The truth is that science has become increasing pragmatic and functional over the centuries. Largely abandoning its ability to inspire awe, it is now Western culture’s chief problem-solver. Today, science’s primary purpose is to provide answers to many of the most serious challenges facing society. Whether it’s global warming or the latest disease pandemic, we look to science and its daughter – technology – for solutions. And their responses have been remarkably effective.

Mostly funded by government agencies and corporate interests, science and technology have significantly improved the quality of human life. For instance, the average human lifespan has increased by more than 40 years in the past century alone. This impressive record of achievement has transformed science into a belief system that is now worshipped like a religion.

As it has assumed the role of chief problem-solver, science has lost much of its capacity to evoke awe and wonder. Although it can generate exquisitely beautiful images of just about anything, science has become increasingly short sighted and limited. Preoccupied with narrowly defined technical problems, many researchers have closed their eyes to unfettered curiosity and open-ended inquiry about life. Why has this happened? It has happened because science has lost its commitment to deep observation.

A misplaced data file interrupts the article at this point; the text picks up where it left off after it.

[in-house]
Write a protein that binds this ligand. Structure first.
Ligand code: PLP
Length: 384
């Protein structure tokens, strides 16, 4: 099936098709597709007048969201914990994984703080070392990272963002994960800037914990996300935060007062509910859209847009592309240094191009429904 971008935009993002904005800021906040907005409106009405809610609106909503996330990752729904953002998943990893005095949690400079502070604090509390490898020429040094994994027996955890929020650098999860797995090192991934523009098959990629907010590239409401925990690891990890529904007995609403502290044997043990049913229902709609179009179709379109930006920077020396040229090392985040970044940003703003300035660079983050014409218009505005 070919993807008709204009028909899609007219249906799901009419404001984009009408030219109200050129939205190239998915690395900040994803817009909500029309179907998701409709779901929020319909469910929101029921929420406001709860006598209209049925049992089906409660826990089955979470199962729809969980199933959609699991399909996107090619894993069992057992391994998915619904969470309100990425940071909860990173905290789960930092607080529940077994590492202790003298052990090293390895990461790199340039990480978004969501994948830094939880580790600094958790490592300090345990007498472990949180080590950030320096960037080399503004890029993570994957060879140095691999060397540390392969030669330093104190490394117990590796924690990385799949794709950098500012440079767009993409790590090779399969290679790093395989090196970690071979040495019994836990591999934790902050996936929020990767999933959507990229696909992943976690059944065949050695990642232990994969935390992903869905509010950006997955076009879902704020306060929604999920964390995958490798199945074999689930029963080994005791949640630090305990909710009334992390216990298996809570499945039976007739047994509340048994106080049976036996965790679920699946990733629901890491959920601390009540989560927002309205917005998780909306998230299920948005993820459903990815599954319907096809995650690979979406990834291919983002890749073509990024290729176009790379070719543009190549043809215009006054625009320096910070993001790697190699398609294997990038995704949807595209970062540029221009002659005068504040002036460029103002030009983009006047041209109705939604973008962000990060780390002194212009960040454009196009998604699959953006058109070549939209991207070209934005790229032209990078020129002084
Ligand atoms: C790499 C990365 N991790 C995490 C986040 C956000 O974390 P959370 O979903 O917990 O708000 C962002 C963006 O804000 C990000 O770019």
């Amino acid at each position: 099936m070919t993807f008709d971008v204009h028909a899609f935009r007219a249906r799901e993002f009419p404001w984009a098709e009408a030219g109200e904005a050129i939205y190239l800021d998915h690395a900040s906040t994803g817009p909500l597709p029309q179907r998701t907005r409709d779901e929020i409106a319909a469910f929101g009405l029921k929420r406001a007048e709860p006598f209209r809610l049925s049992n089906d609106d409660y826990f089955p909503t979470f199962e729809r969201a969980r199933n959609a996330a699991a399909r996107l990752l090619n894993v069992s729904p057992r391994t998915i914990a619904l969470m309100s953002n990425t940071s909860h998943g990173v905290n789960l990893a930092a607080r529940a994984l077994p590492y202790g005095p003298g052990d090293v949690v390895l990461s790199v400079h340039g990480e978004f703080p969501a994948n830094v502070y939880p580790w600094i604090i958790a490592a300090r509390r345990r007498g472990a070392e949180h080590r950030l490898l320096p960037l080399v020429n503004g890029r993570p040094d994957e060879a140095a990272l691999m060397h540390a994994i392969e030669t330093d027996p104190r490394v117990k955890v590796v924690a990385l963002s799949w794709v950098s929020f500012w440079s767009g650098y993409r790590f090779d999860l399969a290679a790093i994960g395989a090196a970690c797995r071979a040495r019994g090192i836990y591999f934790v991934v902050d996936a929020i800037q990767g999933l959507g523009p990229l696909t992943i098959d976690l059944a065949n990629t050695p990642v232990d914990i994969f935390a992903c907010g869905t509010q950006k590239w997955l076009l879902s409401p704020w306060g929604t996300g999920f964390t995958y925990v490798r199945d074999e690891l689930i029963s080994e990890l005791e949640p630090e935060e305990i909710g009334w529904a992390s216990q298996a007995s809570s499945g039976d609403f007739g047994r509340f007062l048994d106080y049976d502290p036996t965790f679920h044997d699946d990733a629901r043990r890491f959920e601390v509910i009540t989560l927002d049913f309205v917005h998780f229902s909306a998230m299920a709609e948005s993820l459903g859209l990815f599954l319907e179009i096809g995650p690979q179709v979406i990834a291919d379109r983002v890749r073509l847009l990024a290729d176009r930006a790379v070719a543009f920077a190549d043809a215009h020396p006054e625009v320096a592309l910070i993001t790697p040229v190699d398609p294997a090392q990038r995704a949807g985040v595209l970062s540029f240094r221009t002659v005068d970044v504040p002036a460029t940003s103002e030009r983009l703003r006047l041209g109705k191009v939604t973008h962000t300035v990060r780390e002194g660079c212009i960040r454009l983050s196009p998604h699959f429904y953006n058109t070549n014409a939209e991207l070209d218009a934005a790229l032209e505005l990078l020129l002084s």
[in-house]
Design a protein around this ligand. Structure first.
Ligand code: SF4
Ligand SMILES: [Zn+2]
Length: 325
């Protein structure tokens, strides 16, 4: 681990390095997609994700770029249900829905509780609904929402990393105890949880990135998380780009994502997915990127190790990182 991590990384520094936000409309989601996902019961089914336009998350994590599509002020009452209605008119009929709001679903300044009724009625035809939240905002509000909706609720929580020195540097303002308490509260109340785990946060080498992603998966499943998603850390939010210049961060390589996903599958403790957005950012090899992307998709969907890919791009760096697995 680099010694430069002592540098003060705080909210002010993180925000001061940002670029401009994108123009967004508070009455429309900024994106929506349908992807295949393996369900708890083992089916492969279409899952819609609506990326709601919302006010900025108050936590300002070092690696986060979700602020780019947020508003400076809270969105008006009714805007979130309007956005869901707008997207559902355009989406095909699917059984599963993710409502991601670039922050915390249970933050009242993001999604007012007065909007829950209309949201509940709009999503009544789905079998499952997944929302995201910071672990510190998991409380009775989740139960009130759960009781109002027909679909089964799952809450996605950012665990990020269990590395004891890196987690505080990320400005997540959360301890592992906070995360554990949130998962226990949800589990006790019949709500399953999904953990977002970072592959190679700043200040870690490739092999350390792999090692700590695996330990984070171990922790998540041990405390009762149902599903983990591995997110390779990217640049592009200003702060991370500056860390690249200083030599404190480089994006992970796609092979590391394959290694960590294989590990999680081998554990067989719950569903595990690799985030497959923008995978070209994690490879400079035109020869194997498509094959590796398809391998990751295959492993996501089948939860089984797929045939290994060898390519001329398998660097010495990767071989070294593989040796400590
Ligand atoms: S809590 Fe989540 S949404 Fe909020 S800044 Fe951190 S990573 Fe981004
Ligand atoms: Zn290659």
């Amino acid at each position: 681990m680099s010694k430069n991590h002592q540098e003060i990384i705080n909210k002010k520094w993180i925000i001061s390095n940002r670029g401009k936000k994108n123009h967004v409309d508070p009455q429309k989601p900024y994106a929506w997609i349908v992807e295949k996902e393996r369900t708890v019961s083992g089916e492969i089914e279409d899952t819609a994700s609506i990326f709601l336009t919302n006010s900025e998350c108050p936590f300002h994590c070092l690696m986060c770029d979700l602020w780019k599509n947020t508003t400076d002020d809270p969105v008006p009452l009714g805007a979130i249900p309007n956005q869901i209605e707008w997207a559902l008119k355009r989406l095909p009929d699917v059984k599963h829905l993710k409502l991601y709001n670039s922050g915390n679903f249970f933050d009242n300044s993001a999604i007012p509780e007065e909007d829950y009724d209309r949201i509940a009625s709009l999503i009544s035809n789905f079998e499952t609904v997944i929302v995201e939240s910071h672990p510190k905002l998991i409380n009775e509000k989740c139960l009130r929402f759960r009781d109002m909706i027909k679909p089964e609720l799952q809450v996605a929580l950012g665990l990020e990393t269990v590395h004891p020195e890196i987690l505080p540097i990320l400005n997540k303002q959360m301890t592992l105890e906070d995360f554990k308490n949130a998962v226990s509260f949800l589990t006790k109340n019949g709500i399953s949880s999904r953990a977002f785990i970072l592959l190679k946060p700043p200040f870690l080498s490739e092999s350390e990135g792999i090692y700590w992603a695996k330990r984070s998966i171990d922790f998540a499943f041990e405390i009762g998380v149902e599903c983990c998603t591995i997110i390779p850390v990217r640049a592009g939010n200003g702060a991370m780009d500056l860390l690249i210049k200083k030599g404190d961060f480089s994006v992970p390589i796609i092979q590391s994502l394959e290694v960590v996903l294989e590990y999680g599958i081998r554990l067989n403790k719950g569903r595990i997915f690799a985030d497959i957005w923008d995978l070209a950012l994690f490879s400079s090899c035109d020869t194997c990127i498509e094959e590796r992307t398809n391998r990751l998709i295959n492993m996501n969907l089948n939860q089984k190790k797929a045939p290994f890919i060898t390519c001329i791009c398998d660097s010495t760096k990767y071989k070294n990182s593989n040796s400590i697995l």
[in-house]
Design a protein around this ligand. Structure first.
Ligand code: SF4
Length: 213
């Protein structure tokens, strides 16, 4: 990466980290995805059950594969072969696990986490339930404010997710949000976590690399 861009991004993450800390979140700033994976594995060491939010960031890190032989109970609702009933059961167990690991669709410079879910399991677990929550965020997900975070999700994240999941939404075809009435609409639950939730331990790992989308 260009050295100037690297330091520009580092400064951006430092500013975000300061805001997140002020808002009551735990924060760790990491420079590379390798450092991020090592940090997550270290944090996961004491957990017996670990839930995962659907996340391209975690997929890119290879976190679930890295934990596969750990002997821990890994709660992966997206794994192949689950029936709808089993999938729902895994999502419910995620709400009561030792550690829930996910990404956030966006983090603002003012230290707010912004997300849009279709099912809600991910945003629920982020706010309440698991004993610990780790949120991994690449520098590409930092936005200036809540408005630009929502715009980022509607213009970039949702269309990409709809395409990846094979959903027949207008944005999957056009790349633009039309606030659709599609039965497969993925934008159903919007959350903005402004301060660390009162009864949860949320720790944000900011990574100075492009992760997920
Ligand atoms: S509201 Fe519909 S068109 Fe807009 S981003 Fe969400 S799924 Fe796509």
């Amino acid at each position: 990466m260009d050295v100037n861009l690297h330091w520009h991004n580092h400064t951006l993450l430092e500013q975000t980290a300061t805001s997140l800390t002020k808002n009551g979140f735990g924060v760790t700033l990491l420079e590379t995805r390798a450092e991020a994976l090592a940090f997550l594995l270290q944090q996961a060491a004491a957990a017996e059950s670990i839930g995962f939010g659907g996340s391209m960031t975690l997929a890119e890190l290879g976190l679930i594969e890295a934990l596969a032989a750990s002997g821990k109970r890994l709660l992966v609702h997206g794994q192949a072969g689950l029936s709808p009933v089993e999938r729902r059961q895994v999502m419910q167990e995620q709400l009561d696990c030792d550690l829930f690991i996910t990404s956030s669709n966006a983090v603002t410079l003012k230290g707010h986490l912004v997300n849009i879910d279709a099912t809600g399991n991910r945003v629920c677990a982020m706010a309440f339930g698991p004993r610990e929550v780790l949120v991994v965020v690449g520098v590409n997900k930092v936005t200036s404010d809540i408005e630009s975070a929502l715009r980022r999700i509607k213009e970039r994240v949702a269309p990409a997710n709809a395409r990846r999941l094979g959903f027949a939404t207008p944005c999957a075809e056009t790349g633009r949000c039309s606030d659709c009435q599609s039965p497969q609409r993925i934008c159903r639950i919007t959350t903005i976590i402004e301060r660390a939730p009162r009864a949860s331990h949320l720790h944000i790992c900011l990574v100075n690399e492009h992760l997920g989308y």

Observation isn’t just about seeing. It’s also about using all our sense organs – listening with our ears, smelling with our noses, feeling and touching with our skin and tasting with our tongues. The most complete observation requires total attention and is about immersing one’s whole self in the experience of discerning the other.

At this level, observation is about understanding with our hearts as well as our heads. In the process, the separation between subject and object blurs. The observer becomes connected with the observed and a relationship is forged between them. Indeed, it is only through our senses that we can create and sustain relationships.

Nature writers such as Annie Dillard, Gary Snyder, Wendell Berry and Barry Lopez understand this well. Their work is chock full of sensory awareness and insightful reflection. But this type of observation is almost entirely lacking from contemporary science. As Sherlock Holmes said to Dr. Watson “You see but you do not observe.” Today, science is seeing but it is not observing. And without the willingness to fully observe life, science is unlikely to grasp its true splendor.

Read the full article

Kate Davies teaches environmental science and is director of the Center for Creative Change at Antioch University Seattle.